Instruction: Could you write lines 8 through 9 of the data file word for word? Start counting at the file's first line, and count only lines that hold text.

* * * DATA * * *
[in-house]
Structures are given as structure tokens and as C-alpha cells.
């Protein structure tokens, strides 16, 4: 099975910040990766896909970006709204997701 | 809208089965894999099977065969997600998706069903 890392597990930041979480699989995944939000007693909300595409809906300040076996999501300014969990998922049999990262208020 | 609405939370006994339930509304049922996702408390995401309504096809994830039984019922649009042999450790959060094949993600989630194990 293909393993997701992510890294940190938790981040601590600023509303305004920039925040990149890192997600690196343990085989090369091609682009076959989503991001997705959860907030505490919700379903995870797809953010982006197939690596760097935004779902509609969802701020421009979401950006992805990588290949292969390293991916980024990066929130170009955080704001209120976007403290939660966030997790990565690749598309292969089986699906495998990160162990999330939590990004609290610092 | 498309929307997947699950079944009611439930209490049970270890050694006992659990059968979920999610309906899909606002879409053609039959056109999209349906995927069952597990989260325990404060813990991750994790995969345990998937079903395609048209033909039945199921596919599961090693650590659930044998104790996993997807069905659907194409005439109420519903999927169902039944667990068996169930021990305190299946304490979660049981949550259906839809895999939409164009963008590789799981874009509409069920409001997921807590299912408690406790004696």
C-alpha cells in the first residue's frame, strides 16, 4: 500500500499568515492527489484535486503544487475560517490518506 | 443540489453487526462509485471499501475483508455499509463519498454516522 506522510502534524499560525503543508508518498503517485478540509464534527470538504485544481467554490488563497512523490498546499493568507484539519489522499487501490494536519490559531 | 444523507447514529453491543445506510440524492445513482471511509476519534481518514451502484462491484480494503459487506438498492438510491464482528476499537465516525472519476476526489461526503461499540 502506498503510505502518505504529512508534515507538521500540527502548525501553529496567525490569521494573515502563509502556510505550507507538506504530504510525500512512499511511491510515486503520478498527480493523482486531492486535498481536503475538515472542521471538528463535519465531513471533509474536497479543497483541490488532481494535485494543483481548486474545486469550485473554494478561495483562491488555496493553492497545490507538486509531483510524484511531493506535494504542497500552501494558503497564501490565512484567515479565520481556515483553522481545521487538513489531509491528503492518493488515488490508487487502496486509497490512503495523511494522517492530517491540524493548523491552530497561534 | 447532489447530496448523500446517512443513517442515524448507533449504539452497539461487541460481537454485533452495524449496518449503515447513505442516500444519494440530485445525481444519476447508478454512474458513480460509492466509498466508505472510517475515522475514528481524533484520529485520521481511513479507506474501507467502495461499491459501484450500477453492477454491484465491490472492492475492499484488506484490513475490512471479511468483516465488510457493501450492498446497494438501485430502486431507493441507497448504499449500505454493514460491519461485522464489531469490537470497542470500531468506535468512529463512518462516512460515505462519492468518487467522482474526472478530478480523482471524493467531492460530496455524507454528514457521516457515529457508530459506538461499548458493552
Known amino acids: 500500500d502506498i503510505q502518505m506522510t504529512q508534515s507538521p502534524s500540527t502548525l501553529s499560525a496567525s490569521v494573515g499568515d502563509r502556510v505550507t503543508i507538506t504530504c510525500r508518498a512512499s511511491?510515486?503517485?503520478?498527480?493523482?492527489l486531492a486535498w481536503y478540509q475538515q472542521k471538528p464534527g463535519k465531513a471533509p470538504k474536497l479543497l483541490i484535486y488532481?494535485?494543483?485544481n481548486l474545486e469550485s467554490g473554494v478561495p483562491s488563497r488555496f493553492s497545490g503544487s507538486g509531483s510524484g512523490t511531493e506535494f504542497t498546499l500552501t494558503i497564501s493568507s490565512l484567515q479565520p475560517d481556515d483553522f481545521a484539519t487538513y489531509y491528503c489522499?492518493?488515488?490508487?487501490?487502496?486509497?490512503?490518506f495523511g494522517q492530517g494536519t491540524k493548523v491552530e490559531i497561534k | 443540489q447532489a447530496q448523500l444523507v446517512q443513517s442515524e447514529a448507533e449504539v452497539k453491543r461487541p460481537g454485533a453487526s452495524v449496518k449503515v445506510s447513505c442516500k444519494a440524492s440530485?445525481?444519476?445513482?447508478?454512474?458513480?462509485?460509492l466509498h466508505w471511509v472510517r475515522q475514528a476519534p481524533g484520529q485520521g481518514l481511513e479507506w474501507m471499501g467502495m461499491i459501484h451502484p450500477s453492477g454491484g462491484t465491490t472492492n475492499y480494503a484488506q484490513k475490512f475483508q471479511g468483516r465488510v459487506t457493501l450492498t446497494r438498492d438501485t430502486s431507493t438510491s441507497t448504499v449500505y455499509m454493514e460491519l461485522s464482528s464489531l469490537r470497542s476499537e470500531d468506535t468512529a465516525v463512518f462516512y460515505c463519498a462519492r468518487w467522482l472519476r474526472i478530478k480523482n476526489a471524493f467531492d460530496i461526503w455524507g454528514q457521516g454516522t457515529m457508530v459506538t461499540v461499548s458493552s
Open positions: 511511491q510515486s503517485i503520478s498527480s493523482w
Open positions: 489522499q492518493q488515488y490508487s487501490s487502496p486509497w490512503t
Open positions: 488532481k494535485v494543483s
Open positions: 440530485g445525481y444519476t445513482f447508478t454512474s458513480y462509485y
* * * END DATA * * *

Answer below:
Open positions: 488532481k494535485v494543483s
Open positions: 440530485g445525481y444519476t445513482f447508478t454512474s458513480y462509485y